• […] Vinyl Vacation: Digging in Tokyo  […]

  • […] Vinyl Vacation: Digging in Tokyo  […]

  • Aug 5,2016 at 17:11

    @jon.scanlon Nice, I hope you have a blast in Tokyo! I would love to hear about your favorite shops!

  • […] First, there are still a lot of record stores active and this is a heaven for collectors as your Digging In Tokyo article showed. There is something for any style of music. A lot of Japanese editions also never […]

  • Jun 24,2016 at 08:56

    @weetzie – going to be there myself in August, and will be verifying and grabbing photos of as many shops as I can during my full week in Tokyo, and adding quite a few out of the way concerns (I used to live in Tokyo, so know my way around quite well, and can speak the language). There are a few I’ve heard of recently too that I can’t wait to see for myself (eg. Flower in Nakano?!) … cheers.. Jon

  • […] Or see a full list of the record stores Discogs visited in Japan: Vinyl Vacation: Digging in Tokyo  […]

  • […] Check out a full list of the record stores I visited: Vinyl Vacation: Digging in Tokyo […]

  • Apr 19,2016 at 23:23

    Ha, it was tempting to just dump all of my other luggage and just fill up my suitcase with vinyl!

    Tokyo is a fairly expensive city as far as lodging, transportation, & food… so setting a budget might be a good idea. :P

  • Apr 18,2016 at 21:35

    I’m hating you for writing this post. I go to Japan in a few months and now I’m going to come back with no money.

  • Apr 18,2016 at 21:16

    Thanks, @miamideep

    I guess The Tower Records stores in Japan split off from the main Tower Records chain and are now independent.

    From Wikipedia: “As of October 1, 2014, TRJ maintains 85 directly operated store locations throughout Japan, including 10 Tower Mini Stores, and the Shibuya Store in Tokyo which is said to be one of the biggest music retail outlets in the world, occupying selling space of 5,000 m² (9 floors).”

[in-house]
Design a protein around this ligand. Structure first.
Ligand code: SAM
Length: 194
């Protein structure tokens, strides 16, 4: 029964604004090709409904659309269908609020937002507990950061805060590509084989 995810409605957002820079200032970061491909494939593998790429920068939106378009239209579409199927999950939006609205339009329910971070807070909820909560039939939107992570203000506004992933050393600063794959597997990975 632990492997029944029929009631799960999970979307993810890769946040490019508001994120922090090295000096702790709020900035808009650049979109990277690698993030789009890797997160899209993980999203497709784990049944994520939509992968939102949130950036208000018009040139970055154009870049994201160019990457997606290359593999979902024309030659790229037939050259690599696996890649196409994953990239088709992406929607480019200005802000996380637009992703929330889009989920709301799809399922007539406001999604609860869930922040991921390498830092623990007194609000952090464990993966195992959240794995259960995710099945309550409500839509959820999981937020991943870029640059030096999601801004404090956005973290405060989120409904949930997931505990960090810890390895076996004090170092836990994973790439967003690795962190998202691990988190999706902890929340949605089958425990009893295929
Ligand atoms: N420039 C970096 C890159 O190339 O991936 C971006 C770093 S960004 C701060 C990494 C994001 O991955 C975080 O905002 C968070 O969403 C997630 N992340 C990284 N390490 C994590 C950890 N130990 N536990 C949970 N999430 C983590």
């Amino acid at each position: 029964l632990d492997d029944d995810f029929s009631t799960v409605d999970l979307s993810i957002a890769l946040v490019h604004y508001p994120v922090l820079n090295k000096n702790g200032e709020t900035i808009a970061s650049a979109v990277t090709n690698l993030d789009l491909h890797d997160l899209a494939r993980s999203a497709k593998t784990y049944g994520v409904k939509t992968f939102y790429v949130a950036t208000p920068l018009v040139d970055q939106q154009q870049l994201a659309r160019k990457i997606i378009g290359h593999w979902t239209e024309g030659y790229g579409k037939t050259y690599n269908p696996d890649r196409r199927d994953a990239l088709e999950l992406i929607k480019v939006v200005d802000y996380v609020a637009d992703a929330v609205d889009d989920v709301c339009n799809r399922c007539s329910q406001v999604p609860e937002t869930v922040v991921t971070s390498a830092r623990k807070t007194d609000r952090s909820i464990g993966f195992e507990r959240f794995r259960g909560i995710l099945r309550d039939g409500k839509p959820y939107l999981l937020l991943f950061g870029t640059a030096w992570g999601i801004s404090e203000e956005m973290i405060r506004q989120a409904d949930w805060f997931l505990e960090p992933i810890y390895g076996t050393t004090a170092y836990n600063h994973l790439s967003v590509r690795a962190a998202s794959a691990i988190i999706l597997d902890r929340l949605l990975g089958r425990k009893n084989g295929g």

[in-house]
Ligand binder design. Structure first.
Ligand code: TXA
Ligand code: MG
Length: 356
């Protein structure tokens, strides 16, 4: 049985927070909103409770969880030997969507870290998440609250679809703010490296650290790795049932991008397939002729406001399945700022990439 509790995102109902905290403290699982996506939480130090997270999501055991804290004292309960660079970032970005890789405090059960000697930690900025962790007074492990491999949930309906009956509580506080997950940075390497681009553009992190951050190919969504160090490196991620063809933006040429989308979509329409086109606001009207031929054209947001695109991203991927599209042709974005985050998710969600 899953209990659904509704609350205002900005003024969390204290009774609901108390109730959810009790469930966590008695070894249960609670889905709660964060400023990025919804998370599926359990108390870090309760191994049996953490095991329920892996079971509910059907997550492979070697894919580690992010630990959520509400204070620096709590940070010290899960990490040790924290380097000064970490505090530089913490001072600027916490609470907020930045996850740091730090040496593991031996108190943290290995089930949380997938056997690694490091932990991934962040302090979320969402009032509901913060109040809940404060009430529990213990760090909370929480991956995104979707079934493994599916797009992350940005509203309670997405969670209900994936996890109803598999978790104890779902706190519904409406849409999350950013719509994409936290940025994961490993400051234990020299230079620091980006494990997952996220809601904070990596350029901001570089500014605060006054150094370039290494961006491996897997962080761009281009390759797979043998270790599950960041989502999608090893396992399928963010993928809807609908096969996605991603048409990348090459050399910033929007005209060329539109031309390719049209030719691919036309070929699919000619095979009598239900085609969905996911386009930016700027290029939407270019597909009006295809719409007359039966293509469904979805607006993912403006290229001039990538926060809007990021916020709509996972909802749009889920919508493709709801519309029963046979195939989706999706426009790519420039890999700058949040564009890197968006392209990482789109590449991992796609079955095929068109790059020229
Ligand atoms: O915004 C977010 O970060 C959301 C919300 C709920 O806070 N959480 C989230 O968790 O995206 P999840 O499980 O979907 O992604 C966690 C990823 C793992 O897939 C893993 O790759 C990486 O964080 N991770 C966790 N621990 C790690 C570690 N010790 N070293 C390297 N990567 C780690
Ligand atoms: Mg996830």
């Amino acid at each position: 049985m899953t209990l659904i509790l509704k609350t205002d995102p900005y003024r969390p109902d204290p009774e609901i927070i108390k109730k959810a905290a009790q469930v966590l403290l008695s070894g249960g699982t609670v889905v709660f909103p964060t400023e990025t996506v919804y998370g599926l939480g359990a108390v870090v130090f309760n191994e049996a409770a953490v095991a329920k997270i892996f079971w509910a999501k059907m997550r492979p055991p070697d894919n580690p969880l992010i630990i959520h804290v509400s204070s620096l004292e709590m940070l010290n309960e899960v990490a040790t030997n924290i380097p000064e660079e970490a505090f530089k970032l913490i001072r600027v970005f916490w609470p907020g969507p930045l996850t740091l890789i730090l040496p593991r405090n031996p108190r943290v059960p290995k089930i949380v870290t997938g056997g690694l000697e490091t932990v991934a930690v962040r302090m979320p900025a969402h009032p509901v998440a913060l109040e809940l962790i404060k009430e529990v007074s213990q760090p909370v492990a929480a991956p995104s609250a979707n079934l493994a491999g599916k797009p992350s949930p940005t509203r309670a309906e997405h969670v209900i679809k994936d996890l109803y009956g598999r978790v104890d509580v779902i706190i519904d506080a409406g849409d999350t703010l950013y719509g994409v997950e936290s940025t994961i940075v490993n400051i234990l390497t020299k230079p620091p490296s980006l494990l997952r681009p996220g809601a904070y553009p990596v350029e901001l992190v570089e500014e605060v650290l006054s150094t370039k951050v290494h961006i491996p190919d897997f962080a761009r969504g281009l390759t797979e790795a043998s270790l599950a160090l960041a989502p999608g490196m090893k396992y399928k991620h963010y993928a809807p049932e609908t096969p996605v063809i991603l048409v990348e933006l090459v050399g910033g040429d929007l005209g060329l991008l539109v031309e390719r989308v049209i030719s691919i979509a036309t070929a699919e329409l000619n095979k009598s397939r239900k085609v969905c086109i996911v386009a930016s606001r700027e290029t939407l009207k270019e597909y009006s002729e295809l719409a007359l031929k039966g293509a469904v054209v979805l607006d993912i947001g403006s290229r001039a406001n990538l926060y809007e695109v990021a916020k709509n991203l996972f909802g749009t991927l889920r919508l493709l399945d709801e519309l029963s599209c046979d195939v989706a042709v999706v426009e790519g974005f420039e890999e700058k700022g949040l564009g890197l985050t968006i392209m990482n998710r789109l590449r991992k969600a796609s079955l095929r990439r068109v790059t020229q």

• Apr 18,2016 at 20:38

    great article….I was very surprised to see they have a Tower Records…I recognize the logo, but is it related to the Tower Records we used to have in the US?

  • Apr 18,2016 at 18:50

    @att-som 12 kilos of vinyl!?! Nice!

    @raydium Thanks, I’m glad you liked the pictures! I’ll be sharing a bunch more of the shops I visited over the coming weeks.

    @sieboom Awesome, you’ll have an amazing trip! I can’t wait to visit Japan again!

    @jodymaguire I agree, I always prefer the small, independent shops. Tower Records was definitely an interesting experience though… so many different pop songs playing at once down in the 1st level / “Party Floor.”

  • Apr 18,2016 at 11:21

    Dipped my big toe in the Tokyo record buying experience in January. Not enough hours even to properly browse the 3 shops I went to. Tower records is immense but preferred the small independent store. Had my wife and child to entertain too so couldn’t spend as much time as I wanted too. Going back next Easter so looking forward to the next blog so I can pick particular shops to visit.

  • Apr 18,2016 at 09:12

    Ah, love this article. And best news: I’m going to Japan for a three week trip that ends in Tokyo!

  • Apr 16,2016 at 19:22

    My friend Alpha Record Geek® friend Ron considers Tokyo the ne plus ultra of record shopping, but your travelogue was great to see what it all looked like after years of just hearing Ron’s tales.

  • Apr 16,2016 at 17:49

    I was in Tokyo (and Osaka) diggin’ for vinyl during the same time you were there. I agree with you that Japan is extremely good for buying records. I came home with 12 kilos of vinyl…
    I had my Discogs t-shirt on and visited the same stores that you did because the owners asked me if I were Discogs staff :-)